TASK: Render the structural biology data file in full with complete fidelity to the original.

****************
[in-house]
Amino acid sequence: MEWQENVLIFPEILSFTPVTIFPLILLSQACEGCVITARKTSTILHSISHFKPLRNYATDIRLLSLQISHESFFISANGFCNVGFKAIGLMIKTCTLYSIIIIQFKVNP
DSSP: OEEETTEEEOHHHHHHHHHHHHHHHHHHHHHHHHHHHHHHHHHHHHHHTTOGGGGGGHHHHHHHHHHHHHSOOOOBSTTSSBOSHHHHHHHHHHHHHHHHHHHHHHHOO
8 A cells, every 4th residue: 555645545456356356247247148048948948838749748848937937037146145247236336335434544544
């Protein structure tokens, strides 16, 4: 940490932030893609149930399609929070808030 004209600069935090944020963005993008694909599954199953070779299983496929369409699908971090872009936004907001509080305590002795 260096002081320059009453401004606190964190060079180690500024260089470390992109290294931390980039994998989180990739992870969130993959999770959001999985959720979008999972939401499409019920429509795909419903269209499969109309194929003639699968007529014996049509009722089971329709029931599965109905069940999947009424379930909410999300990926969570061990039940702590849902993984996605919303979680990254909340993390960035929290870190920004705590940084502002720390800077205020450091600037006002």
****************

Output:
[in-house]
Amino acid sequence: MEWQENVLIFPEILSFTPVTIFPLILLSQACEGCVITARKTSTILHSISHFKPLRNYATDIRLLSLQISHESFFISANGFCNVGFKAIGLMIKTCTLYSIIIIQFKVNP
DSSP: OEEETTEEEOHHHHHHHHHHHHHHHHHHHHHHHHHHHHHHHHHHHHHHTTOGGGGGGHHHHHHHHHHHHHSOOOOBSTTSSBOSHHHHHHHHHHHHHHHHHHHHHHHOO
8 A cells, every 4th residue: 555645545456356356247247148048948948838749748848937937037146145247236336335434544544
């Protein structure tokens, strides 16, 4: 940490932030893609149930399609929070808030 004209600069935090944020963005993008694909599954199953070779299983496929369409699908971090872009936004907001509080305590002795 260096002081320059009453401004606190964190060079180690500024260089470390992109290294931390980039994998989180990739992870969130993959999770959001999985959720979008999972939401499409019920429509795909419903269209499969109309194929003639699968007529014996049509009722089971329709029931599965109905069940999947009424379930909410999300990926969570061990039940702590849902993984996605919303979680990254909340993390960035929290870190920004705590940084502002720390800077205020450091600037006002």